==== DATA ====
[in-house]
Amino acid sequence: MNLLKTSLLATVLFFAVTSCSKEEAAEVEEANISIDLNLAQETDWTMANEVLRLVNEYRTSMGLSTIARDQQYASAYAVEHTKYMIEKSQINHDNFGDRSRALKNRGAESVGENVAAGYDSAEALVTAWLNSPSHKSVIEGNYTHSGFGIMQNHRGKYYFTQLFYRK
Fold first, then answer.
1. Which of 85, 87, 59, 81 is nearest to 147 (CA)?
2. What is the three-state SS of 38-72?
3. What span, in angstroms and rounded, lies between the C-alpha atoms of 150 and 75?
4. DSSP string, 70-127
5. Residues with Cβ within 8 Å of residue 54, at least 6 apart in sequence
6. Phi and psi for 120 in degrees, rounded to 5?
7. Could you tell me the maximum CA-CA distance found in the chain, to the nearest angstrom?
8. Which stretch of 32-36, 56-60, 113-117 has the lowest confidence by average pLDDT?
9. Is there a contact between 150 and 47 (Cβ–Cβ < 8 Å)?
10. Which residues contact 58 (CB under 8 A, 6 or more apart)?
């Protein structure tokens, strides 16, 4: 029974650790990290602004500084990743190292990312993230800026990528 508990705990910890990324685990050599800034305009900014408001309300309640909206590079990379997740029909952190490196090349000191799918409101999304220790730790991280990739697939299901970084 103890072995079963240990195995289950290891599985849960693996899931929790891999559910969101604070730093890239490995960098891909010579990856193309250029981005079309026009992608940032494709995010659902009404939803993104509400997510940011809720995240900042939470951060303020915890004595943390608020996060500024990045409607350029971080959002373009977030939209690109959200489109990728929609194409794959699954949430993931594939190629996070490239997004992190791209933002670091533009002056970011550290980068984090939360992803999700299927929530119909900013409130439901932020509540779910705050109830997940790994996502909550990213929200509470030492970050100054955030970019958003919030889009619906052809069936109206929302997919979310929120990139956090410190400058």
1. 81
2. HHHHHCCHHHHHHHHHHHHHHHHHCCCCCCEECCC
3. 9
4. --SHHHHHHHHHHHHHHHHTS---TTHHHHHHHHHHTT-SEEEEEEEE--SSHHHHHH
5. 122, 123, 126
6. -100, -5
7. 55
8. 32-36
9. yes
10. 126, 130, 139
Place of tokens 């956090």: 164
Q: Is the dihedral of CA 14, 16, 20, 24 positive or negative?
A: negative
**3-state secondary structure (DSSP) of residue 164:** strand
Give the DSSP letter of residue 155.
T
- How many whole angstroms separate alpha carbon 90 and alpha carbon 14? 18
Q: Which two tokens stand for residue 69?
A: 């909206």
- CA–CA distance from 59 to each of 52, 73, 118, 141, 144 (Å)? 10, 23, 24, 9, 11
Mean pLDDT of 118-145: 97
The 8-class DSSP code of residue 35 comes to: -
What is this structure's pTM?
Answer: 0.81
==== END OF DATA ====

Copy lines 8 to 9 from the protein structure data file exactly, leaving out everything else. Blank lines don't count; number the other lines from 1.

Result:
5. Residues with Cβ within 8 Å of residue 54, at least 6 apart in sequence
6. Phi and psi for 120 in degrees, rounded to 5?